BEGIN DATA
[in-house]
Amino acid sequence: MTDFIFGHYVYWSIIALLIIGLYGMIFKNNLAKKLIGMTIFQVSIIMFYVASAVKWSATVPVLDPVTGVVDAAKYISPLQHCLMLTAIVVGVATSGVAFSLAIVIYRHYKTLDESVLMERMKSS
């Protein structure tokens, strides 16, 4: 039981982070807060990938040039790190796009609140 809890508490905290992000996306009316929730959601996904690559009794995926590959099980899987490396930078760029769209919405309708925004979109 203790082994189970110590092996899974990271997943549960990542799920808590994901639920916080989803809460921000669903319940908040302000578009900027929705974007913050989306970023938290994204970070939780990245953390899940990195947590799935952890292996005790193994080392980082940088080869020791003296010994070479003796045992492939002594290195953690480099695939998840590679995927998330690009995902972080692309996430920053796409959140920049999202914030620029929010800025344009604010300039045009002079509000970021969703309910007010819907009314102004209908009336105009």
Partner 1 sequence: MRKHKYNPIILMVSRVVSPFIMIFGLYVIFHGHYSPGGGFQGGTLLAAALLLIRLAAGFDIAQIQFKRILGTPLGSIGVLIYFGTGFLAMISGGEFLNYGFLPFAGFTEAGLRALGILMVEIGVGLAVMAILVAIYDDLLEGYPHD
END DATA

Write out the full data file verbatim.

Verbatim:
[in-house]
Amino acid sequence: MTDFIFGHYVYWSIIALLIIGLYGMIFKNNLAKKLIGMTIFQVSIIMFYVASAVKWSATVPVLDPVTGVVDAAKYISPLQHCLMLTAIVVGVATSGVAFSLAIVIYRHYKTLDESVLMERMKSS
């Protein structure tokens, strides 16, 4: 039981982070807060990938040039790190796009609140 809890508490905290992000996306009316929730959601996904690559009794995926590959099980899987490396930078760029769209919405309708925004979109 203790082994189970110590092996899974990271997943549960990542799920808590994901639920916080989803809460921000669903319940908040302000578009900027929705974007913050989306970023938290994204970070939780990245953390899940990195947590799935952890292996005790193994080392980082940088080869020791003296010994070479003796045992492939002594290195953690480099695939998840590679995927998330690009995902972080692309996430920053796409959140920049999202914030620029929010800025344009604010300039045009002079509000970021969703309910007010819907009314102004209908009336105009």
Partner 1 sequence: MRKHKYNPIILMVSRVVSPFIMIFGLYVIFHGHYSPGGGFQGGTLLAAALLLIRLAAGFDIAQIQFKRILGTPLGSIGVLIYFGTGFLAMISGGEFLNYGFLPFAGFTEAGLRALGILMVEIGVGLAVMAILVAIYDDLLEGYPHD